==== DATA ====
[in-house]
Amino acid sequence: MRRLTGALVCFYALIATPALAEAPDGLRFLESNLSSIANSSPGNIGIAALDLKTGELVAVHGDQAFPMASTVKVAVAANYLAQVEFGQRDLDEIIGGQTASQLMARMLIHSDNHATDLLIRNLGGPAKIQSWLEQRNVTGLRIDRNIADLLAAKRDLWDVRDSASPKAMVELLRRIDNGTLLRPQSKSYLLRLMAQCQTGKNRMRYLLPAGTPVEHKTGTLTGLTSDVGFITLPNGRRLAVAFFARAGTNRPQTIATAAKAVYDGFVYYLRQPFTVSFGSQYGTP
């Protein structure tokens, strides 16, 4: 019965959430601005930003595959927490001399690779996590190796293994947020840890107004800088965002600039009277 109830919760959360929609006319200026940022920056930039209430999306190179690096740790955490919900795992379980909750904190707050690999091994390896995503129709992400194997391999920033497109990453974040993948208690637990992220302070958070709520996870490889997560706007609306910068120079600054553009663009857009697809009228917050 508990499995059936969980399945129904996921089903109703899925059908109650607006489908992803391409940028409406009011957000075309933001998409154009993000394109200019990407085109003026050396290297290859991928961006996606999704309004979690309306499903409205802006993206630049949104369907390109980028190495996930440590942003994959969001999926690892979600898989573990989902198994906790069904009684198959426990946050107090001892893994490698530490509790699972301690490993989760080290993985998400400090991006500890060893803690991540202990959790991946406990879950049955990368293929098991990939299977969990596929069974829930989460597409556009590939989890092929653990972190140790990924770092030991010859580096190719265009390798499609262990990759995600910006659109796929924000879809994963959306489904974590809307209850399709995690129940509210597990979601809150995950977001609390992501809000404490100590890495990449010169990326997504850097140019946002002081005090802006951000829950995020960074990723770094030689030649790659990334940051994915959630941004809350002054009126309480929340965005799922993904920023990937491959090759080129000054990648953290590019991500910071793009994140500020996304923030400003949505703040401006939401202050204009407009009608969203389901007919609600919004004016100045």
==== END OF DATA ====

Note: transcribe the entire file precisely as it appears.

[in-house]
Amino acid sequence: MRRLTGALVCFYALIATPALAEAPDGLRFLESNLSSIANSSPGNIGIAALDLKTGELVAVHGDQAFPMASTVKVAVAANYLAQVEFGQRDLDEIIGGQTASQLMARMLIHSDNHATDLLIRNLGGPAKIQSWLEQRNVTGLRIDRNIADLLAAKRDLWDVRDSASPKAMVELLRRIDNGTLLRPQSKSYLLRLMAQCQTGKNRMRYLLPAGTPVEHKTGTLTGLTSDVGFITLPNGRRLAVAFFARAGTNRPQTIATAAKAVYDGFVYYLRQPFTVSFGSQYGTP
């Protein structure tokens, strides 16, 4: 019965959430601005930003595959927490001399690779996590190796293994947020840890107004800088965002600039009277 109830919760959360929609006319200026940022920056930039209430999306190179690096740790955490919900795992379980909750904190707050690999091994390896995503129709992400194997391999920033497109990453974040993948208690637990992220302070958070709520996870490889997560706007609306910068120079600054553009663009857009697809009228917050 508990499995059936969980399945129904996921089903109703899925059908109650607006489908992803391409940028409406009011957000075309933001998409154009993000394109200019990407085109003026050396290297290859991928961006996606999704309004979690309306499903409205802006993206630049949104369907390109980028190495996930440590942003994959969001999926690892979600898989573990989902198994906790069904009684198959426990946050107090001892893994490698530490509790699972301690490993989760080290993985998400400090991006500890060893803690991540202990959790991946406990879950049955990368293929098991990939299977969990596929069974829930989460597409556009590939989890092929653990972190140790990924770092030991010859580096190719265009390798499609262990990759995600910006659109796929924000879809994963959306489904974590809307209850399709995690129940509210597990979601809150995950977001609390992501809000404490100590890495990449010169990326997504850097140019946002002081005090802006951000829950995020960074990723770094030689030649790659990334940051994915959630941004809350002054009126309480929340965005799922993904920023990937491959090759080129000054990648953290590019991500910071793009994140500020996304923030400003949505703040401006939401202050204009407009009608969203389901007919609600919004004016100045």